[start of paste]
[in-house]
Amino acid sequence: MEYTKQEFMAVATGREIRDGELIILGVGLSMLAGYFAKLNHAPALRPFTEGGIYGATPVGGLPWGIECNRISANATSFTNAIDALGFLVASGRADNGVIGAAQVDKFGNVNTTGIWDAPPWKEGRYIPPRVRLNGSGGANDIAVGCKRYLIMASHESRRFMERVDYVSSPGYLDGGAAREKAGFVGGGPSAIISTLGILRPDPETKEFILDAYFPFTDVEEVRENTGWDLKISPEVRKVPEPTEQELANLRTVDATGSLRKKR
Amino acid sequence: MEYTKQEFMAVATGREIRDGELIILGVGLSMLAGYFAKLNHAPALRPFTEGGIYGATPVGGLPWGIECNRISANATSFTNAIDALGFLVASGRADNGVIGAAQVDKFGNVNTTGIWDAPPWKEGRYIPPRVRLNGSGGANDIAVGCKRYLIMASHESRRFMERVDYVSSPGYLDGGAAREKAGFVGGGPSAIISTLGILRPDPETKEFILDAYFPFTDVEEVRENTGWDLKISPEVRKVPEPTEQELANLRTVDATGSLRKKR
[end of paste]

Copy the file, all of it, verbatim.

[in-house]
Amino acid sequence: MEYTKQEFMAVATGREIRDGELIILGVGLSMLAGYFAKLNHAPALRPFTEGGIYGATPVGGLPWGIECNRISANATSFTNAIDALGFLVASGRADNGVIGAAQVDKFGNVNTTGIWDAPPWKEGRYIPPRVRLNGSGGANDIAVGCKRYLIMASHESRRFMERVDYVSSPGYLDGGAAREKAGFVGGGPSAIISTLGILRPDPETKEFILDAYFPFTDVEEVRENTGWDLKISPEVRKVPEPTEQELANLRTVDATGSLRKKR
Amino acid sequence: MEYTKQEFMAVATGREIRDGELIILGVGLSMLAGYFAKLNHAPALRPFTEGGIYGATPVGGLPWGIECNRISANATSFTNAIDALGFLVASGRADNGVIGAAQVDKFGNVNTTGIWDAPPWKEGRYIPPRVRLNGSGGANDIAVGCKRYLIMASHESRRFMERVDYVSSPGYLDGGAAREKAGFVGGGPSAIISTLGILRPDPETKEFILDAYFPFTDVEEVRENTGWDLKISPEVRKVPEPTEQELANLRTVDATGSLRKKR